Ways to Channel Fear and Sadness

Jul 20, 2012

When something pierces your heart with pain, you can channel your fear and sadness by:

Being with what you’re feeling

Sending loving kindness

Doing something

It’s tempting when something horrific like the shooting in Denver happens to follow the thought “not me, not mine, not my business” and keep moving with your day – at least it is for me. Maybe you prefer to endlessly click on news reports and torture yourself with what ifs and whys.

Neither one is good and both can lead you to an armoured heart. Protected, walled off. Numb.

I so don’t want to live my life there. Nor do you or you wouldn’t read my blog.

Here is what you and I can do instead:

  • Drop the story and be with what you’re feeling, sensing it in your body, watching it, letting it move through you. Drop the thoughts, the story, the “what happened!!!” and let the feelings move. You are not your feelings. If you let them move, in 90 seconds or so, they will change. Watch, feel, breathe.
  • Avoid judging yourself for any thoughts that arise like “I never go to movies like that so…” or fantasies of how you would have saved your family or feelings of relief. All normal.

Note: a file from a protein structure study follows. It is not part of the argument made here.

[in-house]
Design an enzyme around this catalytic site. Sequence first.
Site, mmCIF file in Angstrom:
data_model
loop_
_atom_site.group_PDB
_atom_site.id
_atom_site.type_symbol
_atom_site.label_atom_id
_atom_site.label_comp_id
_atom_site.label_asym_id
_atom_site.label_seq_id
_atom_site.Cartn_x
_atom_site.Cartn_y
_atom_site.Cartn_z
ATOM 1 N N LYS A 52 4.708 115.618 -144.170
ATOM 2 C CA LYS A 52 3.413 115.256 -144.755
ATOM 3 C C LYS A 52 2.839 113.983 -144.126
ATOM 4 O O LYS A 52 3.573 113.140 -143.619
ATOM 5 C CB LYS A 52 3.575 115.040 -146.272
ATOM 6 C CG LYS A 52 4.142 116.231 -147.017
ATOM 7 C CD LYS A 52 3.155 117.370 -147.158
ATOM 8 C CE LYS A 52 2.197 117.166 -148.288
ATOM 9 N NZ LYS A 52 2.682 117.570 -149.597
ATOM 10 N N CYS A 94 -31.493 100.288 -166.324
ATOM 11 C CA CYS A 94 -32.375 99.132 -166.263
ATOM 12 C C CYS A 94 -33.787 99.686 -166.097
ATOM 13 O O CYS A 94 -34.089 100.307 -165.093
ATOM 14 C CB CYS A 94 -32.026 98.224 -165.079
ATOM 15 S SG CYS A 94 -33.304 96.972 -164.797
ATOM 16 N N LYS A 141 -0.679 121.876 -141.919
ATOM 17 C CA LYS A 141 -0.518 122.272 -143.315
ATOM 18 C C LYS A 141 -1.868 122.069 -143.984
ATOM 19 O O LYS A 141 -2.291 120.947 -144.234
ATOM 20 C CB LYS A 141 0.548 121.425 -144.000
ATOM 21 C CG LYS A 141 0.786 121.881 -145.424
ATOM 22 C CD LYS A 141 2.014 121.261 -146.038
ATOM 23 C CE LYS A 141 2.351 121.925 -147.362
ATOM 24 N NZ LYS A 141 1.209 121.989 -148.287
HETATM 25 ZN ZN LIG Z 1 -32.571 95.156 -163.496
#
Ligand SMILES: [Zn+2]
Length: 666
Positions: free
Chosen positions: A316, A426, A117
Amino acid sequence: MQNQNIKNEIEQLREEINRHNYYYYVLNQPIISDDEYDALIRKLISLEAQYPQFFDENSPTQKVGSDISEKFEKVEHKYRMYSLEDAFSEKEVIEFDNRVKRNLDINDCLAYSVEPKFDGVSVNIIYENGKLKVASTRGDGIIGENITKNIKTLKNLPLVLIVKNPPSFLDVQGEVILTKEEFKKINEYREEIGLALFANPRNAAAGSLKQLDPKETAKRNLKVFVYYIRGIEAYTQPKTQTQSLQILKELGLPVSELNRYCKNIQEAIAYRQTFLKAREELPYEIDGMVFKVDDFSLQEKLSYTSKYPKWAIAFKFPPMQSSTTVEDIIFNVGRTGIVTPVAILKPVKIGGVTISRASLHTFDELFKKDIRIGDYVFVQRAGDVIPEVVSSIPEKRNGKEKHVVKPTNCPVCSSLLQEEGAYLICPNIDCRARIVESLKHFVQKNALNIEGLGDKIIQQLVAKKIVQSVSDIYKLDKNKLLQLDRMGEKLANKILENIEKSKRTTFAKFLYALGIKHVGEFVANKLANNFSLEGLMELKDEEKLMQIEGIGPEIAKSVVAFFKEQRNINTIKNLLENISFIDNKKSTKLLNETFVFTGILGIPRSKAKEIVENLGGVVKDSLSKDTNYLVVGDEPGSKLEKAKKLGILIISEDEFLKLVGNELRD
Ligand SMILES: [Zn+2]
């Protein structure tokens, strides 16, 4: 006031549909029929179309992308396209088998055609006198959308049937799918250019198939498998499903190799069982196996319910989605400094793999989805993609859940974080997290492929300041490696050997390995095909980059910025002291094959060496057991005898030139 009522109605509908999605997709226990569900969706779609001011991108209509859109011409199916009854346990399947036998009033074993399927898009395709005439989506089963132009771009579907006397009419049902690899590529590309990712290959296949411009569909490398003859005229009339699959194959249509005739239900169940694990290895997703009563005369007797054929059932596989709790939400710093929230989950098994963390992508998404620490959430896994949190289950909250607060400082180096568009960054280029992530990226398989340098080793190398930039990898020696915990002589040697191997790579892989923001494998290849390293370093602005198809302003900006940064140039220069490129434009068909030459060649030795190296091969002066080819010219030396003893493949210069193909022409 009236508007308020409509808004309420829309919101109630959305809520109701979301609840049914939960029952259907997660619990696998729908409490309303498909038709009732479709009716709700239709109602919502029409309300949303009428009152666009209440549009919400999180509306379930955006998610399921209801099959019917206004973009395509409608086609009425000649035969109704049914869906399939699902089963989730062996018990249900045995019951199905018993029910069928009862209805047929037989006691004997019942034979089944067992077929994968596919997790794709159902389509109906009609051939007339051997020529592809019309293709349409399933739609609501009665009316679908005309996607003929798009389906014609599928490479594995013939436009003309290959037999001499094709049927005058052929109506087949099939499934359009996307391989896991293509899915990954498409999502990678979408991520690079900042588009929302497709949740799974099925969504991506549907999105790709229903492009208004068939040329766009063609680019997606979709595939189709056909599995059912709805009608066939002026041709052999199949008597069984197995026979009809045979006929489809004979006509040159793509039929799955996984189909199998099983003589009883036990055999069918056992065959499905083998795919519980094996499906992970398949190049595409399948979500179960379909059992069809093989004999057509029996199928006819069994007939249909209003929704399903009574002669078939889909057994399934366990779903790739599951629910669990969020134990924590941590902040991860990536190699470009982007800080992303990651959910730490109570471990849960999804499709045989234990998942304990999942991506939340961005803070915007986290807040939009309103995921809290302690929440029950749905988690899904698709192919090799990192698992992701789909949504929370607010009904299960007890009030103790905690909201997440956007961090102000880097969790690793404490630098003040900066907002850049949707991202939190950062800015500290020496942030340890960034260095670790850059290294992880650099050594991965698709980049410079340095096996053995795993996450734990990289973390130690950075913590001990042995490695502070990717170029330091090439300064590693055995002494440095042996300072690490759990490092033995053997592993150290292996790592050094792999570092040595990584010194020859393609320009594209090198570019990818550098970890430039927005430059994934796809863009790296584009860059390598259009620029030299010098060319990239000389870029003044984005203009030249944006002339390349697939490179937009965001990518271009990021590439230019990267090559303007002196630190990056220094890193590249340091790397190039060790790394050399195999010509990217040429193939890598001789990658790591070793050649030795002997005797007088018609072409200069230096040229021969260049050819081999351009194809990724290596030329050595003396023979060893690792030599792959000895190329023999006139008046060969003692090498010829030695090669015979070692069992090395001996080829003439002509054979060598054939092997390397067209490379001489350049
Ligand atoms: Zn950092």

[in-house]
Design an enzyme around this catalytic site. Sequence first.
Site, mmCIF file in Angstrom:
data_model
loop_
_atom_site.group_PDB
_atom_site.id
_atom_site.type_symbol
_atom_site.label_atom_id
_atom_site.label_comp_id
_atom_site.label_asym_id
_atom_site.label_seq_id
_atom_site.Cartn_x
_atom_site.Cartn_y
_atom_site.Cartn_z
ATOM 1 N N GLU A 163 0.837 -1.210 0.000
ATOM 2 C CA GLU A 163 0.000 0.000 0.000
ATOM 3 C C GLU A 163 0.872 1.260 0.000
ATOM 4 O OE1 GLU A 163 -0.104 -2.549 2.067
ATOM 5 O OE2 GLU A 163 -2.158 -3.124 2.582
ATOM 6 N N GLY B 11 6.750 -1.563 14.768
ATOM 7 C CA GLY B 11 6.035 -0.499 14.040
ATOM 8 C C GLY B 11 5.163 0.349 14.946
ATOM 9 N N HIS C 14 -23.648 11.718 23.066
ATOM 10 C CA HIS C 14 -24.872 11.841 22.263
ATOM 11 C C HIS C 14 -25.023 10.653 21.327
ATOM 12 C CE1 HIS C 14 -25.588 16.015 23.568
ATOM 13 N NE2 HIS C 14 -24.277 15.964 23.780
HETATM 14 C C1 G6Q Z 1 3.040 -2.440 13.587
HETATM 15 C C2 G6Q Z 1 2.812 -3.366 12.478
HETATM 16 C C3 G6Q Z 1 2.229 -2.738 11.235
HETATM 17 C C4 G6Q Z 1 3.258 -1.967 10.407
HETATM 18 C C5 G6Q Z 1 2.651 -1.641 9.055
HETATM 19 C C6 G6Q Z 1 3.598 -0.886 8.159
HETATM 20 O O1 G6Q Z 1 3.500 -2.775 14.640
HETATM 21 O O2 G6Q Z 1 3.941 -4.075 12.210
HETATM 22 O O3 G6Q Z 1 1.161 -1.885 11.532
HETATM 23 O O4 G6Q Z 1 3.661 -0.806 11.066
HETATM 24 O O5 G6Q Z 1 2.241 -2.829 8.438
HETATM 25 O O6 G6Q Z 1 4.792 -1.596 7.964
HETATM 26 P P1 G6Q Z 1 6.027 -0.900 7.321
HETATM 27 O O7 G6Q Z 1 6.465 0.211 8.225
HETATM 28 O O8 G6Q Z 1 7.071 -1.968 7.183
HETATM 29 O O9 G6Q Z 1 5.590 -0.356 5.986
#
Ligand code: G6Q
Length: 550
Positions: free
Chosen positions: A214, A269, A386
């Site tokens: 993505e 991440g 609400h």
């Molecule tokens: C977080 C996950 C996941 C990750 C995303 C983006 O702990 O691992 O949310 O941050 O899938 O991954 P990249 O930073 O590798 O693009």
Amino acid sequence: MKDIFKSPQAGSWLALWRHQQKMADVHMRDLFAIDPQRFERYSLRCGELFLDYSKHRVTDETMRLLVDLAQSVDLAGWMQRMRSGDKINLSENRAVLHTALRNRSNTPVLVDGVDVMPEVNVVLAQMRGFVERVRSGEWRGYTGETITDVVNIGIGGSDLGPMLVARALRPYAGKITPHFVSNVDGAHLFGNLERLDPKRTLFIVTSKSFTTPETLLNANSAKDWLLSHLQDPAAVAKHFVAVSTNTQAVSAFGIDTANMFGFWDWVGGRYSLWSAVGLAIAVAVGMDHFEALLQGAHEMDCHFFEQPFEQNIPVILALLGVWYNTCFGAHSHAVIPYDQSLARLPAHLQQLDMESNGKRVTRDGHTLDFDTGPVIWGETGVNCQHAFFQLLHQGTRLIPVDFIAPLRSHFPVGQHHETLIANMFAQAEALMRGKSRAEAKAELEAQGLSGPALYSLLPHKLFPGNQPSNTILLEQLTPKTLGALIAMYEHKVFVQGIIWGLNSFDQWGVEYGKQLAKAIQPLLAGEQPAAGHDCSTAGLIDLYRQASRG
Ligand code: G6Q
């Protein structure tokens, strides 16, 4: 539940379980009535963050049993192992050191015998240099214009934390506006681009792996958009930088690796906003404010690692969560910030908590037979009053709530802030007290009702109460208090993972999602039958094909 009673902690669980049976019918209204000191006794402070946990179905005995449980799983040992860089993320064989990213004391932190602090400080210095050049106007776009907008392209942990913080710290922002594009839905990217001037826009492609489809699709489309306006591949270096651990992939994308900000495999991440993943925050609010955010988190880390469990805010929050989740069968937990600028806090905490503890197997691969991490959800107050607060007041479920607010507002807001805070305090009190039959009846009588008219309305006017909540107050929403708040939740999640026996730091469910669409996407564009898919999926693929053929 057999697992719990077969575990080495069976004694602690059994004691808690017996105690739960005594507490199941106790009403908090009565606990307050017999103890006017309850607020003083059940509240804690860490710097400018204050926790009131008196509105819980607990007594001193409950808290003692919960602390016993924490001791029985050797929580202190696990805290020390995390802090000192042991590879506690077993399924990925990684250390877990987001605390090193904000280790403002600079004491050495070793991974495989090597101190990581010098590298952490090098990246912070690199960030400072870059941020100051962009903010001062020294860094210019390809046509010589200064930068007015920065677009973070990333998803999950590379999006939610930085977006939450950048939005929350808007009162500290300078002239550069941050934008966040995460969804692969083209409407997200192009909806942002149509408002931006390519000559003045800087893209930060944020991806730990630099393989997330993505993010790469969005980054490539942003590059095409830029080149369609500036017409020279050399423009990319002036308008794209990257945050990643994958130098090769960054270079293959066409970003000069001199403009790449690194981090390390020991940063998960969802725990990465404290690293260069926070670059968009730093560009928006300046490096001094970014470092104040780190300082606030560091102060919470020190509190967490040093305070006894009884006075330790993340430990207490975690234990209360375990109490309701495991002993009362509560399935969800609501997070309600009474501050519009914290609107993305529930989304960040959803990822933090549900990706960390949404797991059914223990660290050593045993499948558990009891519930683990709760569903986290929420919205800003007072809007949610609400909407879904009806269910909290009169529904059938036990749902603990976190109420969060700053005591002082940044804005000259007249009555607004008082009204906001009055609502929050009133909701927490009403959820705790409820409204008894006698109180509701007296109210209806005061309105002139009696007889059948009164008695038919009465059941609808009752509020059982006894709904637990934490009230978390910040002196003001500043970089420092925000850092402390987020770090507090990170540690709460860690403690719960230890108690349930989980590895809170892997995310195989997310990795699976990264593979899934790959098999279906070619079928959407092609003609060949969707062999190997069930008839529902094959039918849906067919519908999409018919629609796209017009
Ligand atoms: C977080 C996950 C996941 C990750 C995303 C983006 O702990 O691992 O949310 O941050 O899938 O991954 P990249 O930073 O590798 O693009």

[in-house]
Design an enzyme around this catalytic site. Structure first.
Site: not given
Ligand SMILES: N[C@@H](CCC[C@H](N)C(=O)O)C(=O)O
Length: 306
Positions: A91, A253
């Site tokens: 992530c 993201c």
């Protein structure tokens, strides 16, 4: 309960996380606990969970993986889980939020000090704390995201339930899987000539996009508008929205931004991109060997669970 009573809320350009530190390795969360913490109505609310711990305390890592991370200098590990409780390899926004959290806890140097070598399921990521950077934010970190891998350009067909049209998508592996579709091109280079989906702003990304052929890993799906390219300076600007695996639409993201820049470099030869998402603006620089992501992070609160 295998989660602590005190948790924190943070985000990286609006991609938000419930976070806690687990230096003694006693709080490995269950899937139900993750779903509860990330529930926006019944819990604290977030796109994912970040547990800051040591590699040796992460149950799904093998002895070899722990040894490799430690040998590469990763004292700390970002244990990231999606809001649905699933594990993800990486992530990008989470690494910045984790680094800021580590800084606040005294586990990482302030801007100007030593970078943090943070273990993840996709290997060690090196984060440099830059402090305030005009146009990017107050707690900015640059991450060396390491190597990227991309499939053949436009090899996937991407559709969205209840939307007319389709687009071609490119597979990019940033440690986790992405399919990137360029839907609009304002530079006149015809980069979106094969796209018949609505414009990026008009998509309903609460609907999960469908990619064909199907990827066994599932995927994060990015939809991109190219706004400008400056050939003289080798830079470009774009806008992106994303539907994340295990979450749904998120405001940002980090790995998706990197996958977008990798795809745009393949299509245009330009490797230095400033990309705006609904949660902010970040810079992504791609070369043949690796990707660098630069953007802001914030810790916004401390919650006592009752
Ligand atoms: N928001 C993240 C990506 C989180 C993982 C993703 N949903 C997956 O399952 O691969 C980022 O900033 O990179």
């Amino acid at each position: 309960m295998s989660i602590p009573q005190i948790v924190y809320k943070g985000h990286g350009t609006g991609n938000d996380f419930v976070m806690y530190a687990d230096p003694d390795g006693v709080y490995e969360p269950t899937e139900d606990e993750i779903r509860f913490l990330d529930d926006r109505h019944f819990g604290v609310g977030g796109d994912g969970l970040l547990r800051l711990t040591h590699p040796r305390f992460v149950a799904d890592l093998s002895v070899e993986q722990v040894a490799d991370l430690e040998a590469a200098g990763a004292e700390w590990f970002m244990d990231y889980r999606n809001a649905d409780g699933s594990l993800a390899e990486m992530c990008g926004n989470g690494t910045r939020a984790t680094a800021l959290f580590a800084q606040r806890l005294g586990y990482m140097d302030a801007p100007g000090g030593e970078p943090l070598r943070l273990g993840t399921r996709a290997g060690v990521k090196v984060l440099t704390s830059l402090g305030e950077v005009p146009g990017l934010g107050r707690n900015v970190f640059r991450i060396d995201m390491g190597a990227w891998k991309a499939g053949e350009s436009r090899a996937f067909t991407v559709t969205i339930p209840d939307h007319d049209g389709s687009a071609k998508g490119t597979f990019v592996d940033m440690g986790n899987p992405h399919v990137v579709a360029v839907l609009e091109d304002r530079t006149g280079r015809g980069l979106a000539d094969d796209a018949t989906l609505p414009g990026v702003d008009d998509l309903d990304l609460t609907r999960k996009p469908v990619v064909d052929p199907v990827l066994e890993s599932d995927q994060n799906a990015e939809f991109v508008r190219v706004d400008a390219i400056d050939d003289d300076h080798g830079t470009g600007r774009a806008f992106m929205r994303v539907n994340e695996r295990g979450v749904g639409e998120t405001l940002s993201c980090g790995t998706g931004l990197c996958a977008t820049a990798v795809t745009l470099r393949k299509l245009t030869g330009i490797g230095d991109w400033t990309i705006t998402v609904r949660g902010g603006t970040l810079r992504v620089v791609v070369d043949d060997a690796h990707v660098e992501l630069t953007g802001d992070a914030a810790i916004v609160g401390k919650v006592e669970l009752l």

• Send loving kindness to all those involved. The victims, their families, the police, the paramedics, the family of the man who did this. “May you be healed. May you be at peace. May something good come from this. May you feel safe again.”
  • Go do something of service. Take your mom out to lunch. Donate to Charity Water. Read an article about something that scares you and stay awake while you do. Write a thank you note. Make muffins for your lonely neighbor. Tweet someone’s project. Do. Anything. Channel fear and sadness into action.

Repeat when the grief and fear arise again.

We are human and fragile and afraid – together.  Never alone, my friend, never alone.

Jettison Self-Doubt and Lose the Itty-Bitty-Shitty Committee and Make Your Thing Now

From the national best-selling author of The Woman’s Comfort Book and Why Bother.

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